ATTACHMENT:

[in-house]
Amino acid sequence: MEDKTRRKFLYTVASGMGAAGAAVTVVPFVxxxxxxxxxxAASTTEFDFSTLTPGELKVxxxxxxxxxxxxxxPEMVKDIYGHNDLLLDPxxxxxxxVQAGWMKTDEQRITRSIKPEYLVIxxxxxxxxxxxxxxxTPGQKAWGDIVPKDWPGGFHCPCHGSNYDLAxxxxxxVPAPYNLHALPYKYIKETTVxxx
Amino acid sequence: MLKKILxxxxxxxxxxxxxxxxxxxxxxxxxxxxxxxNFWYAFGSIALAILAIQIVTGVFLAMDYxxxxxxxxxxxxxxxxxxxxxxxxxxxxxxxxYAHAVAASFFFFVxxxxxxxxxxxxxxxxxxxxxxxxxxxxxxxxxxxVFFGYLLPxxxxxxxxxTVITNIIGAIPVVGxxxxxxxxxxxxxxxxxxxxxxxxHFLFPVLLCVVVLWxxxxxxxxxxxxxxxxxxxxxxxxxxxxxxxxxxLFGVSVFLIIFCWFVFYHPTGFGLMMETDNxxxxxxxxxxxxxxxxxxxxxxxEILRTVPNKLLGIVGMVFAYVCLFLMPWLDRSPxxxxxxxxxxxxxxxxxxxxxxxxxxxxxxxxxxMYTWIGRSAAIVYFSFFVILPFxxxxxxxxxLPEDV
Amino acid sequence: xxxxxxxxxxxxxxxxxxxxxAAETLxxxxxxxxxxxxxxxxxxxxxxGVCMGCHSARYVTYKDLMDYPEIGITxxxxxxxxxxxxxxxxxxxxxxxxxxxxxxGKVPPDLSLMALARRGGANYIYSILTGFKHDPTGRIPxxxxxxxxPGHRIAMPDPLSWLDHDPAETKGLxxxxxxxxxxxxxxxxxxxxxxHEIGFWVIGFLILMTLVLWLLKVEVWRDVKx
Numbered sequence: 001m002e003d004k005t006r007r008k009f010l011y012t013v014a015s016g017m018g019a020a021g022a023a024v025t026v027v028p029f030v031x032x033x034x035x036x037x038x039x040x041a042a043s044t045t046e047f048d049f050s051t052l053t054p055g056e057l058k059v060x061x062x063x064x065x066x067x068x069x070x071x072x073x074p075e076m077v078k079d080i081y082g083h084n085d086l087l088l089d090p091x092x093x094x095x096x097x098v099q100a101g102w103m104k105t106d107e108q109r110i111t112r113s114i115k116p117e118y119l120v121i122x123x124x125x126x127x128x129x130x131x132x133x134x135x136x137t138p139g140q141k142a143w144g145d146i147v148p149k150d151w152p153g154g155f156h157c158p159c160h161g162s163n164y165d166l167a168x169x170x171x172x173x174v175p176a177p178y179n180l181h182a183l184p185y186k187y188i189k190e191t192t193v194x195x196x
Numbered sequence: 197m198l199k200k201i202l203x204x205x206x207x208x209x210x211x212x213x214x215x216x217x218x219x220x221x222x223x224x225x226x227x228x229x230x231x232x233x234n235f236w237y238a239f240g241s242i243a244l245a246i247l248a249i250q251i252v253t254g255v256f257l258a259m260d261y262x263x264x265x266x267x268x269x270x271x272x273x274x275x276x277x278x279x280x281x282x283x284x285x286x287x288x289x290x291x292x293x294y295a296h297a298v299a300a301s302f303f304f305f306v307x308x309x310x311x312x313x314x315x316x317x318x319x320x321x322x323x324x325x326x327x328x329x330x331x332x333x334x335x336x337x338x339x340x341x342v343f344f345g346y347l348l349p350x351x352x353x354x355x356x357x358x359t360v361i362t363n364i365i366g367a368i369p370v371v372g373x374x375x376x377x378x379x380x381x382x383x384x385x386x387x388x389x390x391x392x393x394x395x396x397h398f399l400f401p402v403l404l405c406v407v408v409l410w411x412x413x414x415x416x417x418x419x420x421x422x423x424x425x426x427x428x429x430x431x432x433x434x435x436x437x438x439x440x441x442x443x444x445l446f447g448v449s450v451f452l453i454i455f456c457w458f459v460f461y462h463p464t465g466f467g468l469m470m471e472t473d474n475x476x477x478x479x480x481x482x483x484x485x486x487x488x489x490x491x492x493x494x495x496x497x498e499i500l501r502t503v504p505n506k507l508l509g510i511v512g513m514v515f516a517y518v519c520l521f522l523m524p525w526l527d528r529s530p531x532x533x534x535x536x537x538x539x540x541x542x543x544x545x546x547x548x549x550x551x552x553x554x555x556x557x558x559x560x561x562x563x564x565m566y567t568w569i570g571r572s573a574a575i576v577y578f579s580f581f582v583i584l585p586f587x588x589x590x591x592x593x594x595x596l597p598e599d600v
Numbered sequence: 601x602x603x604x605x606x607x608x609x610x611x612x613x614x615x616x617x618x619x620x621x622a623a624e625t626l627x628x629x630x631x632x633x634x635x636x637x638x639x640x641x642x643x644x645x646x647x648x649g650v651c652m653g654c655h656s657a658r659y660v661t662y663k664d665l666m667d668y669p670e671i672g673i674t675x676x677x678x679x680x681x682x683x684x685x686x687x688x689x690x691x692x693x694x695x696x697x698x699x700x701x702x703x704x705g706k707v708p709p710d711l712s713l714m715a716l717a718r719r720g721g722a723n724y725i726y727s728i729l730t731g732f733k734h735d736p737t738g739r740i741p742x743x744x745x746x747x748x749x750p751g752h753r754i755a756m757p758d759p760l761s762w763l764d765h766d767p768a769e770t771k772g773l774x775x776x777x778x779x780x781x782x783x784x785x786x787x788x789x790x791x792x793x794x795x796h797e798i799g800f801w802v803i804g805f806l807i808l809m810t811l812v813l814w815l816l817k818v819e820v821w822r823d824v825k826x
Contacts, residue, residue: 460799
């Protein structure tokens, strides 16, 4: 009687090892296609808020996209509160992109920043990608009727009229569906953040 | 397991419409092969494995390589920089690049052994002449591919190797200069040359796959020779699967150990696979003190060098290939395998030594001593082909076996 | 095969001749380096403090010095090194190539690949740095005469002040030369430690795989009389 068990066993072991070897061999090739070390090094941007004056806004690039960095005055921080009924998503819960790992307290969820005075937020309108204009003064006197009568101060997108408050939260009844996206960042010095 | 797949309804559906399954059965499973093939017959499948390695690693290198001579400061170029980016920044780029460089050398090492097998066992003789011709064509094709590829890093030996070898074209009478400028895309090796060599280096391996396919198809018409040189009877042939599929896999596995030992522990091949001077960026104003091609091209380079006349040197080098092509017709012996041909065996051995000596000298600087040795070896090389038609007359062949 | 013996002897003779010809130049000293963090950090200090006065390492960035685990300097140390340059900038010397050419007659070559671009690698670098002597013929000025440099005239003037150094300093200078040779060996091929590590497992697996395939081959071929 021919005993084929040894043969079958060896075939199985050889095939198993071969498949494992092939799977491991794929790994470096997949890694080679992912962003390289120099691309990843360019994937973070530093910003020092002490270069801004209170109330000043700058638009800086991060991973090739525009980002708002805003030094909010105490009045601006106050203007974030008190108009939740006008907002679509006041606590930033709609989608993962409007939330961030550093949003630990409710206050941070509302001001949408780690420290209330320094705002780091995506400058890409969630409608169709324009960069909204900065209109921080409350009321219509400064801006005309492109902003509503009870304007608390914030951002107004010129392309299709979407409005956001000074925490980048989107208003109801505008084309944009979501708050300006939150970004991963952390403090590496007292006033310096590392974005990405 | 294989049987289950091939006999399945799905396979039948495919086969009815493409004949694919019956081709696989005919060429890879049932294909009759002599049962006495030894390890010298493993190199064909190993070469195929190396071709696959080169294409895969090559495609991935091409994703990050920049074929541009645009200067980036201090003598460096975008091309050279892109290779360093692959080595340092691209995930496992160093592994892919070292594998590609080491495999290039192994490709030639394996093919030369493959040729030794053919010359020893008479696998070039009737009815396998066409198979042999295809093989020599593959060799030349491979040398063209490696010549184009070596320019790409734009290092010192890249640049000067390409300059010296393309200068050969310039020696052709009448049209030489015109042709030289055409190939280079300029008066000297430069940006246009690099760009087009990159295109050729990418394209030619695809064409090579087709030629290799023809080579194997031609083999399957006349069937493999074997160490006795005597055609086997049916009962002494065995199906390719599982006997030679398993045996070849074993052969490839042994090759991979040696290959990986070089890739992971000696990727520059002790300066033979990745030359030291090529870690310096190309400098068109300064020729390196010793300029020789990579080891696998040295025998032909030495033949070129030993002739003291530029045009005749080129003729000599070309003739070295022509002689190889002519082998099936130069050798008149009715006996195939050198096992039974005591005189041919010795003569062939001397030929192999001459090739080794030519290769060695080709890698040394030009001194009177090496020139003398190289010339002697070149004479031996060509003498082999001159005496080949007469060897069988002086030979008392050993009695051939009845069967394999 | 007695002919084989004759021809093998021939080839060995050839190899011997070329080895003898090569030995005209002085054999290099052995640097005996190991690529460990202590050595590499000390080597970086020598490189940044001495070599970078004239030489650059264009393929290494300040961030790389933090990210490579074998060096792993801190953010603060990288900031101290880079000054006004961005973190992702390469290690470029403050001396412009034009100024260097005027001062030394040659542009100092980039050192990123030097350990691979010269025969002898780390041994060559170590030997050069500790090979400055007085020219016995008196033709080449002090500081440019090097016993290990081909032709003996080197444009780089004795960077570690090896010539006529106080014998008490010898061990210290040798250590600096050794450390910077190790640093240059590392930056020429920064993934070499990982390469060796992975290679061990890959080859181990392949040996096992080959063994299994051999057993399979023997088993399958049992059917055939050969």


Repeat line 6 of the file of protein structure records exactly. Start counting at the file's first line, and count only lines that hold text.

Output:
Numbered sequence: 197m198l199k200k201i202l203x204x205x206x207x208x209x210x211x212x213x214x215x216x217x218x219x220x221x222x223x224x225x226x227x228x229x230x231x232x233x234n235f236w237y238a239f240g241s242i243a244l245a246i247l248a249i250q251i252v253t254g255v256f257l258a259m260d261y262x263x264x265x266x267x268x269x270x271x272x273x274x275x276x277x278x279x280x281x282x283x284x285x286x287x288x289x290x291x292x293x294y295a296h297a298v299a300a301s302f303f304f305f306v307x308x309x310x311x312x313x314x315x316x317x318x319x320x321x322x323x324x325x326x327x328x329x330x331x332x333x334x335x336x337x338x339x340x341x342v343f344f345g346y347l348l349p350x351x352x353x354x355x356x357x358x359t360v361i362t363n364i365i366g367a368i369p370v371v372g373x374x375x376x377x378x379x380x381x382x383x384x385x386x387x388x389x390x391x392x393x394x395x396x397h398f399l400f401p402v403l404l405c406v407v408v409l410w411x412x413x414x415x416x417x418x419x420x421x422x423x424x425x426x427x428x429x430x431x432x433x434x435x436x437x438x439x440x441x442x443x444x445l446f447g448v449s450v451f452l453i454i455f456c457w458f459v460f461y462h463p464t465g466f467g468l469m470m471e472t473d474n475x476x477x478x479x480x481x482x483x484x485x486x487x488x489x490x491x492x493x494x495x496x497x498e499i500l501r502t503v504p505n506k507l508l509g510i511v512g513m514v515f516a517y518v519c520l521f522l523m524p525w526l527d528r529s530p531x532x533x534x535x536x537x538x539x540x541x542x543x544x545x546x547x548x549x550x551x552x553x554x555x556x557x558x559x560x561x562x563x564x565m566y567t568w569i570g571r572s573a574a575i576v577y578f579s580f581f582v583i584l585p586f587x588x589x590x591x592x593x594x595x596l597p598e599d600v